Monday, October 15, 2012

The Sons of Jude by Brandt Dodson

All is not well in the Chicago Police Department. Andy Polanski blew the whistle on two of his fellow cops for planting evidence. Feelings are running high so Polanski has been transferred to District 28 and made the partner of Frank Campello. Frank is not happy.
The two are called out to investigate the murder of a young woman, her body found in a dumpster at Navy Pier. As Andy and Frank investigate the case, it becomes clear that there is much more going on than the murder. There are powerful people in Chicago politics who want this case dropped, even if they have to kill a cop.

This opening sets the stage for the first novel in a series featuring a fictional Chicago police district and a rotating cast of characters. Polanski is the son of a disgraced Chicago police officer. He is a Christian and is careful to do everything by the book. Campello is more of a live and let live kind of guy when it comes to his life and work. His dad was a cop and the police force is his family.
The novel is pure police procedure. It reminds me of the precinct police novels of a generation ago.
The writing is methodical. The book is not a page turner but is not boring either.
I felt Polanski could have been more clear about his faith early on in the novel. It seems his faith is very important to his actions and more could have been made of that.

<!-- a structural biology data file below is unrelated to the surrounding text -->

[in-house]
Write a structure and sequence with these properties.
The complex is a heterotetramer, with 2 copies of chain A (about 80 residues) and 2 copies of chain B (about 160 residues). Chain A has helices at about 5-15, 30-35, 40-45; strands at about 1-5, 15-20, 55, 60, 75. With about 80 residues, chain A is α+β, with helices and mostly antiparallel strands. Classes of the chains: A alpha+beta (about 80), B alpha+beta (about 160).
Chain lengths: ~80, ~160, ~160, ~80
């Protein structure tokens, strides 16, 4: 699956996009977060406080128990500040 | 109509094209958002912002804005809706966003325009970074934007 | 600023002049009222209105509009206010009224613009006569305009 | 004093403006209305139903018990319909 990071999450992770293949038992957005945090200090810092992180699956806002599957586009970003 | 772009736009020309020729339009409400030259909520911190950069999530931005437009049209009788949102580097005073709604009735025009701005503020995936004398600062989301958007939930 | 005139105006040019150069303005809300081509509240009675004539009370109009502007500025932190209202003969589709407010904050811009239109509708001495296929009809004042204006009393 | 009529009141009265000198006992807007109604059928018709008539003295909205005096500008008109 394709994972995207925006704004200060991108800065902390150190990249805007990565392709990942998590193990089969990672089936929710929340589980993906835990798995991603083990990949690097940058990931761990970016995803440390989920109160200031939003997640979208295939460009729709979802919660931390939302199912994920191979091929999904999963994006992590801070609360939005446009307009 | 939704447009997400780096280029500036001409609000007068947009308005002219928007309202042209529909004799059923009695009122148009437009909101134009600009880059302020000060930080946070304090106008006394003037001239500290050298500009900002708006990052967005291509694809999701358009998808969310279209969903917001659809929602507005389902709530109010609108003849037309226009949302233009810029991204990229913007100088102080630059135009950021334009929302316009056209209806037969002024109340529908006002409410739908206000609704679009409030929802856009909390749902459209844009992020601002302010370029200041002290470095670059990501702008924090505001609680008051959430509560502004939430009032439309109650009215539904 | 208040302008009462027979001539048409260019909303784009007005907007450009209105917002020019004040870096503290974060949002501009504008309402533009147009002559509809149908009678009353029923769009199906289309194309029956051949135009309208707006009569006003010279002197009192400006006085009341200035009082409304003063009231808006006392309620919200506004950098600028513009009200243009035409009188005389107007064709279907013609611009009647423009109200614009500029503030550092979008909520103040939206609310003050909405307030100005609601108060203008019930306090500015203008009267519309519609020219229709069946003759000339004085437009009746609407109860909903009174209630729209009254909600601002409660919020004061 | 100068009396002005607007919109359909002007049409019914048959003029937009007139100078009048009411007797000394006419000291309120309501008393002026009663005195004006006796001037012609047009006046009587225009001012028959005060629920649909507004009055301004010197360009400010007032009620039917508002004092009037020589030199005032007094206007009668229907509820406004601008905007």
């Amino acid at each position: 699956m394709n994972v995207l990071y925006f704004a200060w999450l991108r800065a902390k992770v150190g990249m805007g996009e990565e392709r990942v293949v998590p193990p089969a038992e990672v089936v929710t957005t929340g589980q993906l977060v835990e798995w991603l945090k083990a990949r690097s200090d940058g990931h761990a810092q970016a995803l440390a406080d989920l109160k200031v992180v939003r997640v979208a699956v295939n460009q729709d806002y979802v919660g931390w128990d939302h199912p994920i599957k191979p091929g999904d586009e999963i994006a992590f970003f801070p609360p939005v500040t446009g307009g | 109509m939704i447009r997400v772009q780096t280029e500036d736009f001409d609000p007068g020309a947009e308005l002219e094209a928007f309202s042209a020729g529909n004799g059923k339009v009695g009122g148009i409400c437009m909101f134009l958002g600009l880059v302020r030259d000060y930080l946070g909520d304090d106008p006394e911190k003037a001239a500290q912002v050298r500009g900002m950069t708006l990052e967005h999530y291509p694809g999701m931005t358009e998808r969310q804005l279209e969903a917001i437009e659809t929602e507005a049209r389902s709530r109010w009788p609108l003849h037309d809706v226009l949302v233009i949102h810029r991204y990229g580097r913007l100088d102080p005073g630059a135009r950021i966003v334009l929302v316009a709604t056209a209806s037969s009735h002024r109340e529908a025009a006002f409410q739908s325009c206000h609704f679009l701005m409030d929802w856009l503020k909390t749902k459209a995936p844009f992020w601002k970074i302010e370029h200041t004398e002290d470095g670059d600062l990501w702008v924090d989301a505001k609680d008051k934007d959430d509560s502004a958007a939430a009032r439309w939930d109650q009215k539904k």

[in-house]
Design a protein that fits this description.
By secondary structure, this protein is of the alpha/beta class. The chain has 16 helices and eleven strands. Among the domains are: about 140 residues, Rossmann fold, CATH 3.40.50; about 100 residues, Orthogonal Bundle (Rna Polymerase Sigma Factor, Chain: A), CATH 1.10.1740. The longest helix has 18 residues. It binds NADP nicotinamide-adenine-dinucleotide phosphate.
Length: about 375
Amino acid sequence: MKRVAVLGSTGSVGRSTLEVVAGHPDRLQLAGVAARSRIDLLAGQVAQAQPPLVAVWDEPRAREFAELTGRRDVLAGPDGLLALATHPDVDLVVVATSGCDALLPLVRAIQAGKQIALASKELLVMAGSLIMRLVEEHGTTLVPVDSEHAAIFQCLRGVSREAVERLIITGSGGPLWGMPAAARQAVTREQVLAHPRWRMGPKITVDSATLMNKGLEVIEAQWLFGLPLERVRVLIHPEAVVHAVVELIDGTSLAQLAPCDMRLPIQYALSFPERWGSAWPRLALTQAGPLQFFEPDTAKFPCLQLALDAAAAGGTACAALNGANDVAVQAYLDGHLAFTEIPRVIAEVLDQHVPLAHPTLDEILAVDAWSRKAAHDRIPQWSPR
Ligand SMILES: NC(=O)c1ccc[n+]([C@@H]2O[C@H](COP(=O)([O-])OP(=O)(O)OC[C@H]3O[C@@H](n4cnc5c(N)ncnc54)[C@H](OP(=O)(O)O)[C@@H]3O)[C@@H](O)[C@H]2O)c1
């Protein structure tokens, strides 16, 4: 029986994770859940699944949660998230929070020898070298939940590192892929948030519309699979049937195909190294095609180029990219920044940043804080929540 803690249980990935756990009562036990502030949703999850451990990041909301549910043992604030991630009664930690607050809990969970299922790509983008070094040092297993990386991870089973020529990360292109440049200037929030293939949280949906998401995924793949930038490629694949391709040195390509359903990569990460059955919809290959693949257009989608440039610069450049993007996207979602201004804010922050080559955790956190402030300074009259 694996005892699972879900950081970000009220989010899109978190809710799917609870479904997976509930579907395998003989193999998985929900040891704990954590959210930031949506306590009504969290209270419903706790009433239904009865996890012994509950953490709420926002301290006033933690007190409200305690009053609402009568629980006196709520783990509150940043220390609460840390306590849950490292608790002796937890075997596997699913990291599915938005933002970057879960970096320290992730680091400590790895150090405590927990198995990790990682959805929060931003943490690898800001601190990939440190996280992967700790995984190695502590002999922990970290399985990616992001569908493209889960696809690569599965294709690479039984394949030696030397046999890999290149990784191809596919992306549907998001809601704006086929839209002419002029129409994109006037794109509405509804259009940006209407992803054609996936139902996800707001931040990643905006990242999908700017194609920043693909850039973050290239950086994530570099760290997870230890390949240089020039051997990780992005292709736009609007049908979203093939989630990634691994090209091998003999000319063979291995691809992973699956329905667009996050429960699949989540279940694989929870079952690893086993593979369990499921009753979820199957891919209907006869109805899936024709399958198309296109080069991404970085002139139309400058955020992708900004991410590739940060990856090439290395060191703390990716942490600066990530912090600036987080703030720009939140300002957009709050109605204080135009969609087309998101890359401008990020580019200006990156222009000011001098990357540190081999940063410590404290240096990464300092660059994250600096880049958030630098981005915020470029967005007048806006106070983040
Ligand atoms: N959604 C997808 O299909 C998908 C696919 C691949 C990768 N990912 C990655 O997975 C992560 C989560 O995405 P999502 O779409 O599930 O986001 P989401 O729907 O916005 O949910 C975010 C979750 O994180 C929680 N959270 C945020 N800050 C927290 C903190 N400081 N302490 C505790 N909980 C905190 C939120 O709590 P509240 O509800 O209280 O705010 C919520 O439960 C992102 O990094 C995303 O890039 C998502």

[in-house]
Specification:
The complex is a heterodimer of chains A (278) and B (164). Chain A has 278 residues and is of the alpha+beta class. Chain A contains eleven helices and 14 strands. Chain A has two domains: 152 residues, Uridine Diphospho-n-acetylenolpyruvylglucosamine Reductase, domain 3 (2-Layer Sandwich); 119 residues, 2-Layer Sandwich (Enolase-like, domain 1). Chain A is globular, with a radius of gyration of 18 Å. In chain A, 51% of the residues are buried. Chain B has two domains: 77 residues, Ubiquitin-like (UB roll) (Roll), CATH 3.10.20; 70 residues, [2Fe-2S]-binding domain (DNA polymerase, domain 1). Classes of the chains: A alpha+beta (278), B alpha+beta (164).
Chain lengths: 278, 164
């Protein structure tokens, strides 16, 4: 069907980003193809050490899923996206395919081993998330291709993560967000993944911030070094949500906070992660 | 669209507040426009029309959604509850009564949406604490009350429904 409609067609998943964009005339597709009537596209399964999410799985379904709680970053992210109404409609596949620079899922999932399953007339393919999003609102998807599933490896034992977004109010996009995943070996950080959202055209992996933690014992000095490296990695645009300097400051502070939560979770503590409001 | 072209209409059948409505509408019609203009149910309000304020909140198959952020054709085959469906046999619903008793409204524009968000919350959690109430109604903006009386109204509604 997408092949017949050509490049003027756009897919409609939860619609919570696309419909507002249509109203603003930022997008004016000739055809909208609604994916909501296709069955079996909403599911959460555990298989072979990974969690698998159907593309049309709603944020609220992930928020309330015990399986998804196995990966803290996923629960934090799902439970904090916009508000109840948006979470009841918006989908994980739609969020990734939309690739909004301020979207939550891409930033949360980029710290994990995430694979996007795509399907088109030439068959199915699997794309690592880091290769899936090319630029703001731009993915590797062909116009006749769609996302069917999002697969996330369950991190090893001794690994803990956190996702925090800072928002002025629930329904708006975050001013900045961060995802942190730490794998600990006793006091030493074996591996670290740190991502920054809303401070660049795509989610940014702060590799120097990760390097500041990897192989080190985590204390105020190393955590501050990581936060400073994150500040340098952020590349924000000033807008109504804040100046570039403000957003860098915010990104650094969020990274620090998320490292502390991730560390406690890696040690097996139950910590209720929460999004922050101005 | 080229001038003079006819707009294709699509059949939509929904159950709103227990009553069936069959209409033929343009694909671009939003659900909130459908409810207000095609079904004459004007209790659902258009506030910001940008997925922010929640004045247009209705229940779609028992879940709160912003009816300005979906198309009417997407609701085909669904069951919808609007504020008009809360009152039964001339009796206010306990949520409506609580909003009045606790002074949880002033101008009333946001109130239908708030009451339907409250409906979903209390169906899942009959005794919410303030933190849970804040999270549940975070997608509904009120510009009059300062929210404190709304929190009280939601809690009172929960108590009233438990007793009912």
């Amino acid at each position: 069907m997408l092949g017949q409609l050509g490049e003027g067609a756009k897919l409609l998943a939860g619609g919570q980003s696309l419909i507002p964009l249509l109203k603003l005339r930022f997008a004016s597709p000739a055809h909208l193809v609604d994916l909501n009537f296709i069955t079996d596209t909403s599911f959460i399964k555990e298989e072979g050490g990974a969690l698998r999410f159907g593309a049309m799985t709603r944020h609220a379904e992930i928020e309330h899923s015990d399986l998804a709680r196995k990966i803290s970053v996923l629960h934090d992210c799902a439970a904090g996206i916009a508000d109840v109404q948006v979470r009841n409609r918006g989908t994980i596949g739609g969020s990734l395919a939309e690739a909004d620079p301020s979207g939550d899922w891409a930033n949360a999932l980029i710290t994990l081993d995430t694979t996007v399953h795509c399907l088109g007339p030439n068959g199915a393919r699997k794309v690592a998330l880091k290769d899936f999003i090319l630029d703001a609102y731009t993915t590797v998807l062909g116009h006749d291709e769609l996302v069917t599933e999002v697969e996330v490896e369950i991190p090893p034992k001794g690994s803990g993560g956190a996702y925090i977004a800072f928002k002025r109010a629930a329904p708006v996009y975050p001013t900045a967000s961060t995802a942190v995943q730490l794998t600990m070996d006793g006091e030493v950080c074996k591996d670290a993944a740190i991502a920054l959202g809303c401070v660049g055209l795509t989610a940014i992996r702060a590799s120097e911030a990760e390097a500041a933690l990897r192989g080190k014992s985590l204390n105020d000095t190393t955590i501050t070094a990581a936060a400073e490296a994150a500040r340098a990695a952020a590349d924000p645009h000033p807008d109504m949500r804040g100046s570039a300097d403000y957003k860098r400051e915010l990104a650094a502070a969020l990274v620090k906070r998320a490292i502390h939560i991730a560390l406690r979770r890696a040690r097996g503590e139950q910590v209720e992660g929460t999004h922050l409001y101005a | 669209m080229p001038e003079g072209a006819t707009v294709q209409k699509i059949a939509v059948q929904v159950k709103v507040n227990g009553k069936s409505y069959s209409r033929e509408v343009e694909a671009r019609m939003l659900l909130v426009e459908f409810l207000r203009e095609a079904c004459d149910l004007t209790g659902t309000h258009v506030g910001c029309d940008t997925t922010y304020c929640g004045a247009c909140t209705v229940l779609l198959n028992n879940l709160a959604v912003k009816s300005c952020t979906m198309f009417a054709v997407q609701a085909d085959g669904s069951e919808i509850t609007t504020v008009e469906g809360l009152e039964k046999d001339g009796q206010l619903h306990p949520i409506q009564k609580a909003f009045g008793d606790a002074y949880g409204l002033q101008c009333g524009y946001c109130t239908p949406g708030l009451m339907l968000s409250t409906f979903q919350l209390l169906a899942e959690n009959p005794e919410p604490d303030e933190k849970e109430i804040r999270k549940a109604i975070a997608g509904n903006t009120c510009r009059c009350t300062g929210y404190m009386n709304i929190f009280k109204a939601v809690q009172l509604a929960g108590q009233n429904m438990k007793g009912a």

There is character development in Frank. He initially saw the police department as his family and had to grow to the point of seeing that members of his family could be corrupt.
If you enjoy reading crime novels about corrupt politics and corrupt police departments, this one is for you.

Watch a video trailer here.

Brandt Dodson is the author of several previous novels and short stories. He comes from a long line of police officers on both sides of the family, going back to the 1930s. He was employed by the Indianapolis office of the FBI and draws on that experience as well as his family background to lend authenticity to his work. He has lived in Chicago and visits the city annually. You can find out more at  

Monarch Books, Kregel Publications, 314 pages.

Publisher's product page.

I received a complimentary copy of this book from the publisher for the purpose of this review.

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